33 lions arrived in Johannesburg’s International Airport on Saturday after their rescue from circuses in Colombia and Peru. The South African airport rang with their roars as they arrived in their ancestral country for the very first time.

The lions' flight to freedom

The flight was organized by Animal Defenders International (ADI) and according to their president, Jan Creamer, the rescued lions appear to be healthy, if distressed by the long, 15-hour air journey. Creamer told the media the lions had lived a life of “absolute hell,” saying the animals were beaten and have been starved, adding, “They've been deprived of everything that makes life worth living for a lion.” Creamer went on to say that she believes they have brought the lions “back to paradise, where they belong.”

Lions transferred through the night

It was widely reported in the media, that on arrival in South Africa, the lions were then placed on two large trucks, which were set to drive through the night to their new home at Emoya Big Cat Sanctuary. The sanctuary which is located in the Limpopo Province of the country is in natural lion habitat.

At dawn on Sunday, the freed lions were released into large, natural enclosures in the big cat sanctuary, right in the heart of the African bush.They will remain in quarantine for some time for veterinary purposes.

Sanctuary expansion

The Independent Online quoted ADI as saying the lion habitats at the sanctuary will be gradually expanded in the coming months as the rescued lions get used to their new life and get to know each other. It will be a drawn out experience for the 33 lions, which were bred in captivity. Reportedly many of the 22 male and 11 female cats have broken teeth, one is virtually blind and another lion has lost one eye. Apparently most of the big cats have had their claws removed, which makes it impossible to release them into the wild, as they would be unable to survive.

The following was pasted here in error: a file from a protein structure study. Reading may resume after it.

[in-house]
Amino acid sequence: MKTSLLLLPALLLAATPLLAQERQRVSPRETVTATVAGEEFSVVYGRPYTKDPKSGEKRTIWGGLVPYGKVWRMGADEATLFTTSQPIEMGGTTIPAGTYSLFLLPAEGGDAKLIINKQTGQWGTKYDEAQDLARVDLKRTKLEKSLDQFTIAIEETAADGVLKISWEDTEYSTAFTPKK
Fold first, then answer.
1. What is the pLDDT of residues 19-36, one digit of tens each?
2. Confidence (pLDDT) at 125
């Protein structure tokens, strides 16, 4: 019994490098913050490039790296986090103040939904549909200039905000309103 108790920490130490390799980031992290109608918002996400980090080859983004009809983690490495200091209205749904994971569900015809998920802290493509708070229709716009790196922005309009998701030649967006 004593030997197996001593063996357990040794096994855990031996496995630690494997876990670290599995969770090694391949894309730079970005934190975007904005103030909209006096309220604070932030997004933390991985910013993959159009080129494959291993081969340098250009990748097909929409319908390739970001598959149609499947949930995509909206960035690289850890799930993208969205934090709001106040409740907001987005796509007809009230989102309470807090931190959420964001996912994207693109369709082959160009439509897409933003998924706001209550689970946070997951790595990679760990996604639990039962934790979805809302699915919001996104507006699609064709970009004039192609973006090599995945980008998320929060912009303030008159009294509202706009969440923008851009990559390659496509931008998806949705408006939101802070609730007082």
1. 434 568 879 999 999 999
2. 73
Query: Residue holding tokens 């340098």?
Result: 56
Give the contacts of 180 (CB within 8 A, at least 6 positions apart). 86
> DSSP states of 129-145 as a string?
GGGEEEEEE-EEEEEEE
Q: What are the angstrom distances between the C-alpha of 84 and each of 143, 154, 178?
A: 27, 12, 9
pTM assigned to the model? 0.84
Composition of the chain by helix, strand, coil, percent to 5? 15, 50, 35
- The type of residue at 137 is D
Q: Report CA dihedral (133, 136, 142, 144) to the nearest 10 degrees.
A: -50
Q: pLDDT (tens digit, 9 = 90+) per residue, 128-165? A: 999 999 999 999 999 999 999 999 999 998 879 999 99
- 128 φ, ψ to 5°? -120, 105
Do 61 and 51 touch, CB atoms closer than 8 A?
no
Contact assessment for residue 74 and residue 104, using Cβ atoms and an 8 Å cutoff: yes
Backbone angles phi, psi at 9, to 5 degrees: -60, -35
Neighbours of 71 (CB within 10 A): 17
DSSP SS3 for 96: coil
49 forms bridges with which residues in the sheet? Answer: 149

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It was reported by The Inquisitr, that it was after both Colombia and Peru outlawed the use of wild animals in circuses that the big cats achieved their freedom. Nine of the lions were flown from Colombia to Lima airport in Peru, where they joined 24 Peruvian circus lions before taking off for their new life in Africa.

It will take time for the lions to settle in their new home

According to Creamer, these lions will experience their natural habitat for the first time in their lives, but she says they should eventually fit right in, as it is the best Environment for the big cats. According to ADI, in their new African home, the lions will have the run of several large, natural enclosures right in the heart of the South African bush and will have access to platforms, drinking pools and toys.

Besides eventually meeting each other, the lions will also gradually be introduced to the "two tigers" and six other rescued lions already living in the Emoya Big Cat Sanctuary.Talks are in place with ADI for further transfers of lions in the future. The Animal Defenders International has bases in the United States of America, Latin America and in the UK. People across the world have donated funding for the rescue. 

Readers can watch the lions being prepared for their epic flight in the BBC News video hosted on YouTube included below:

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Everything that ennobles the spirit of man is demonstrated by the lion flight to freedom